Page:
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Saturday, September 13, 2014

Current Commando comics

 Here's the PR for the latest four Commando comics that are in the shops now!

Commando Issues 4739-4742 – On Sale 11th September 2014

Commando No 4739 – Attack In Arabia

On the morning of the 28 June 1914, two pistol shots fired in a Sarajevo street had 
plunged the world into war and pitched men of all nations against one another. In the 
world’s first truly global conflict soldiers, sailors and airmen found themselves fighting 
in far-flung battlefields.
   In the arid wastes of the Middle East, British troops faced Turks, Germans and 
Austrians in battles just as wasteful of lives as those on the Western front. This is the 
story of five British soldiers prepared to put their own lives at risk to save thousands 
of others. 
   Men determined to blunt an...

Attack In Arabia


As a tribute to those who served during the years 1914-1918 — on land, sea or in the air; at home or abroad — Commando is producing stories of characters caught up in the tumult of the First World War. None of author George Low’s inventions are real people but we’d like to think that the experiences he has imagined for you will not be far away from what actually happened to so many.
   Last month, the miners of Messines were deep below the earth digging their way towards enemy lines. Other British soldiers, though, fought under the blazing sun of the Middle East where the land was as much an enemy as the soldiers of the Ottoman Empire who they faced.
   I hope you enjoy this and the other stories in the series as much as we have.

Calum Laird, Commando Editor

The series continues in four weeks with In Flanders Skies… Commando No 4747

Story: George Low
Art: Keith Page
Cover: Ian Kennedy

Commando No 4740 – Portrait Of Death

These men had recklessly pursued the blood-cursed painting for itself, and for the military secrets hidden in it. But it hadn’t been called “The Portrait Of Death” for five centuries for nothing…


So, what have we here? A cursed portrait whose evil has brought death throughout history. That seems straightforward enough, but keep your eye on the plot because there a few extra threads woven into the canvas of this one. Eric Hebden’s stories usually give full value and this one’s no exception. The inside art by Cortes — one of some 29 he did for Commando — you’ll be pleased to her is a lot clearer than the plot. Crisp, definite lines and shading only where it’s absolutely needed give a very clear read.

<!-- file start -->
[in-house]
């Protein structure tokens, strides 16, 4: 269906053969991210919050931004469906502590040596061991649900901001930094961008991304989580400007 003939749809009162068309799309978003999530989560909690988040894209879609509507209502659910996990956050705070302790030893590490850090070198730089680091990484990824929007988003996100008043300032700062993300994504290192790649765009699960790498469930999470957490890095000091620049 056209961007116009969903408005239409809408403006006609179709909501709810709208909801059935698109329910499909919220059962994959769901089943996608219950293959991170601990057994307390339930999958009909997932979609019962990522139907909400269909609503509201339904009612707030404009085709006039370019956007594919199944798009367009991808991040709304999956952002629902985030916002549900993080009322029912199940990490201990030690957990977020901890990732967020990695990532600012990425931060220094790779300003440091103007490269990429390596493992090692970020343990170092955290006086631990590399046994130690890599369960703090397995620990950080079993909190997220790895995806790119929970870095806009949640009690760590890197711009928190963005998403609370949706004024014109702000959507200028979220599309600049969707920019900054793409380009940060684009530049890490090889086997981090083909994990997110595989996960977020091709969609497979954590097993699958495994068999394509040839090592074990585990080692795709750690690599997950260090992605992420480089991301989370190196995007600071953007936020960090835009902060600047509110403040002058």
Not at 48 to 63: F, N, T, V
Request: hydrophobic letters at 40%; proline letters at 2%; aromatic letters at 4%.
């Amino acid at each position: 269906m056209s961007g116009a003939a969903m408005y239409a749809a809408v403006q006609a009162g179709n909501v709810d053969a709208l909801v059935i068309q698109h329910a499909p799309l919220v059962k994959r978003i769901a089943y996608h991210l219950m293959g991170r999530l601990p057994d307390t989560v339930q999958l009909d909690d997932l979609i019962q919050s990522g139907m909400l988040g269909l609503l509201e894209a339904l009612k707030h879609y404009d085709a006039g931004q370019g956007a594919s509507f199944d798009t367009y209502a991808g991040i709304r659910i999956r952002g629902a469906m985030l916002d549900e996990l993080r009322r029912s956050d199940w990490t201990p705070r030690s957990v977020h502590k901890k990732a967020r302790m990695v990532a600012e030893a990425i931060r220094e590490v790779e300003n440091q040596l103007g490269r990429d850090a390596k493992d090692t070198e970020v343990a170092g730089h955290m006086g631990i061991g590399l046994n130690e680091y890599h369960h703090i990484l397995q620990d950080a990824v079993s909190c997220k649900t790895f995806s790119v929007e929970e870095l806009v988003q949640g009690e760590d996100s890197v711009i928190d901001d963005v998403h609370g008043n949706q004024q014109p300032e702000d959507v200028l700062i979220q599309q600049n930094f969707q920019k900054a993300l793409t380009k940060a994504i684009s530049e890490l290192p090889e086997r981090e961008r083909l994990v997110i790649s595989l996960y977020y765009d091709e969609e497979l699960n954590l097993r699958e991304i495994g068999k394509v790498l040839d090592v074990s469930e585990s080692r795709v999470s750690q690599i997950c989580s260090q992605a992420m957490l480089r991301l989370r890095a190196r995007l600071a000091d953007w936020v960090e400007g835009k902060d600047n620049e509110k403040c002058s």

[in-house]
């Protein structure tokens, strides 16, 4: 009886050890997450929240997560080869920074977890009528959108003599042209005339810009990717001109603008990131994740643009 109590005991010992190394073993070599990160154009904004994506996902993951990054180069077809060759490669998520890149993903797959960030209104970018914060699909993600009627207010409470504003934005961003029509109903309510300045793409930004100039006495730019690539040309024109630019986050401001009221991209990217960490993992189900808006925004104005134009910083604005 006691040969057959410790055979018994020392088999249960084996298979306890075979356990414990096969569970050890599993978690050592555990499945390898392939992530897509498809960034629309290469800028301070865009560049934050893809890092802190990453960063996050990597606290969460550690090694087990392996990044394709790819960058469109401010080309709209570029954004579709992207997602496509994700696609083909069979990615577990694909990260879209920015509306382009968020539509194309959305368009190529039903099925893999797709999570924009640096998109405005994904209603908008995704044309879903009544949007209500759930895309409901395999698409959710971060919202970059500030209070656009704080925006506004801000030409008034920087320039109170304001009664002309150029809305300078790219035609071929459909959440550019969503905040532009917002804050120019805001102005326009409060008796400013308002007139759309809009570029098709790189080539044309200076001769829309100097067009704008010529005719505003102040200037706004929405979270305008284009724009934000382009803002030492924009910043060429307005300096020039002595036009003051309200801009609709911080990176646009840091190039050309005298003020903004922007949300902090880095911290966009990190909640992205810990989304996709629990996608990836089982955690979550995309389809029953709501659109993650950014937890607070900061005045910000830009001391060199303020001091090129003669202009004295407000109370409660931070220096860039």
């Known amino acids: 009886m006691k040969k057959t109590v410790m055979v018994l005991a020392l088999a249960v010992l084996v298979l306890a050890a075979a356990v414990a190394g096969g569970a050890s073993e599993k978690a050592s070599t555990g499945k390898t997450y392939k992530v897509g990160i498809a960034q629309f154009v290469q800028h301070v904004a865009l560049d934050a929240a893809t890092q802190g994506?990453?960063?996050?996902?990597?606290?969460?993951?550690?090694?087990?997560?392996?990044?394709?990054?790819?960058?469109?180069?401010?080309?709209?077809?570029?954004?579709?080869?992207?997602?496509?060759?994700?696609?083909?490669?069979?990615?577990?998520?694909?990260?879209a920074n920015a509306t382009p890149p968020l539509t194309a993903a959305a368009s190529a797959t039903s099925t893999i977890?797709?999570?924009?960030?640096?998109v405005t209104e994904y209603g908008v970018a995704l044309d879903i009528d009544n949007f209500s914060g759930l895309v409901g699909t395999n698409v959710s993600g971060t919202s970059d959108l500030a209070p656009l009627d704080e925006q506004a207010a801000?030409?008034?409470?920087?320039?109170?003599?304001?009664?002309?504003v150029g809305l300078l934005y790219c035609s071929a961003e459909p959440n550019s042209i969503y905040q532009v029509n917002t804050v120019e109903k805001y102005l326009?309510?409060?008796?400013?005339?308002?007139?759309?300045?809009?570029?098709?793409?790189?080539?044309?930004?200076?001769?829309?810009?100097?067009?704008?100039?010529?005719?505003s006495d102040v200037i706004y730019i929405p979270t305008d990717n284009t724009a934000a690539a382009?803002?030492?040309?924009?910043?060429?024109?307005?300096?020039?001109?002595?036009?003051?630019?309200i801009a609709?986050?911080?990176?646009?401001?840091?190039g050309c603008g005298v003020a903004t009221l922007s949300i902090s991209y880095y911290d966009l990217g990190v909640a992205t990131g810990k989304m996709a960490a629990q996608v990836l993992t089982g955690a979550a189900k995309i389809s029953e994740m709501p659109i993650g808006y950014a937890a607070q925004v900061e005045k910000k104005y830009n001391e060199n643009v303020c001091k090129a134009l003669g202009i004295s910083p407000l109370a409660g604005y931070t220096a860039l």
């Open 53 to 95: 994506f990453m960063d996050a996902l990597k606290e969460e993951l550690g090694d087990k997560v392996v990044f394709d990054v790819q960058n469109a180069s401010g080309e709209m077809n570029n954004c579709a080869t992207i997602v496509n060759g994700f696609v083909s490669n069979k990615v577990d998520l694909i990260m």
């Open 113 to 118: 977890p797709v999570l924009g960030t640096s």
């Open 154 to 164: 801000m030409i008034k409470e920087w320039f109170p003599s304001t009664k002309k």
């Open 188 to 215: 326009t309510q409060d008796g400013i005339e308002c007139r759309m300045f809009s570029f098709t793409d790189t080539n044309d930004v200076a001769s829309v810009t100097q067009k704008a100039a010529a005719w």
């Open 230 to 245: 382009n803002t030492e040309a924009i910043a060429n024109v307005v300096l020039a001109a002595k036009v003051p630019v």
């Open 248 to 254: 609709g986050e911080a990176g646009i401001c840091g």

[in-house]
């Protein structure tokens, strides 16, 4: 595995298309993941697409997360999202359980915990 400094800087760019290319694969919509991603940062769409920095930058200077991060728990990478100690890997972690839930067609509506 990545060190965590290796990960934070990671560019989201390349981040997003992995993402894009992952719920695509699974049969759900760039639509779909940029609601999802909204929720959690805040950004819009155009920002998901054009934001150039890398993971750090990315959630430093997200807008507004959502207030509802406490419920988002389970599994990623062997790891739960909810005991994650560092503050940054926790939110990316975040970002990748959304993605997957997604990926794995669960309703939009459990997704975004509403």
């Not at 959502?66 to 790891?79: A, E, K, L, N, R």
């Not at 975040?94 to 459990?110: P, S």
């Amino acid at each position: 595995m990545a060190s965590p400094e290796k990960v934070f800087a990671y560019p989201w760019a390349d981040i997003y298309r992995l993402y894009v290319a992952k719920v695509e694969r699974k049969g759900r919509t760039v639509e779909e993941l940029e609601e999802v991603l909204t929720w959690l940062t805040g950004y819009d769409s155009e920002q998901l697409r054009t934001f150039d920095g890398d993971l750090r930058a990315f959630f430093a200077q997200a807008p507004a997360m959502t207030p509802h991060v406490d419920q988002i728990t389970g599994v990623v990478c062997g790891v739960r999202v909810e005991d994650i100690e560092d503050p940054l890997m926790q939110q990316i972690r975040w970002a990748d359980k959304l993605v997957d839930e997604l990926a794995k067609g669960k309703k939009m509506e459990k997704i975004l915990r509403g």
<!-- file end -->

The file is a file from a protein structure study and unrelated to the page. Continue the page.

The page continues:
Ken Barr’s cover couldn’t be clearer either. It tells you exactly what you’re going to get.
   Every picture tells a story…as they say.

Calum Laird, Commando Editor

Portrait Of Death, originally Commando No 120 (Jun 1964), re-issued as No 655 (June 1972)

Story: Eric Hebden
Art: Cortes
Cover: Ken Barr

Commando No 4741 – Mistaken Identity

Second-Lieutenant Ashley Windsor was a good-natured type but a bit naive and impulsive. Serving with an infantry regiment in India, he was the butt of many a joke amongst his fellow officers — especially when he hinted that he was a (very) distant relative to Queen Victoria.
   This silly remark set off an extraordinary chain of events, including a small war against a scheming local tribal leader — who thought he would end up rich if he could capture a member of the British Royal Family!

Story: Ferg Handley
Art: Vila
Cover: Janek Matysiak

Commando No 4742 – Jet Pilot

The photo-reconnaissance Spitfire flew so high and so fast, that it was considered safe from German fighters. Except, that is, when the enemy was an Me262 jet piloted by Max von Mellenburg.
   Max had flown Luftwaffe planes over Britain and Russia with deadly success. Now he was preparing to defend the skies of his homeland as the Allies closed in for the final battle.


Brought to you by a trio of top Commando contributors, this sterling air story features a premise which, when used sparingly, can be very effective, as Alan Hebden shows here. For a change, we are firmly on the side of a German hero — a Luftwaffe pilot who has no allegiance to the arrogant and cowardly Nazis.
   There are stunning aircraft illustrations throughout from Jose Maria Jorge, and Ian Kennedy’s Me262 jet is so dynamically drawn that it looks set to practically soar off the front cover.

Scott Montgomery, Deputy Editor

Jet Pilot, originally Commando No 2263 (March 1989), re-issued as No 3787 (February 2005)

Story: Alan Hebden
Art: J.M. Jorge
Cover: Ian Kennedy


John Pitt said...

Do you collect these, Lew? I was recommended them around 63/4 by a school chum, along with Hotspur and Hornet. I started buying them again in the 80's, along with the IPC pocket books. It's heartwarming to see them surviving in these times. Long may they continue to do so, eh?

Lew Stringer said...

I don't buy them very often as I don't like war comics, but I'm happy to promote them here. There aren't many traditional UK comics left, and Commando is the only survivor of the comics that were launched in the 1960s so it's good that it's still around.

paul wilding said...

Hi lew used to read these as in the 70's wasn't there a battle as well or is my feeble old mind playing tricks? If so anyone know when it stopped just as a matter of interest thanks paul

Lew Stringer said...

That's right Paul, there used to be quite a few different titles. Commando is from DC Thomson, but Fleetway had Battle Picture Library, War Picture Library, and Air Ace Picture Library. There were also several other non-war comics in the same format. Another rival publisher also had similar comics.

All gone now, except for Commando. The Fleetway ones ended 30 years ago I think, in 1984. There were several chunky books published a few years ago that reprinted several issues though. Well worth tracking down if you're interested.

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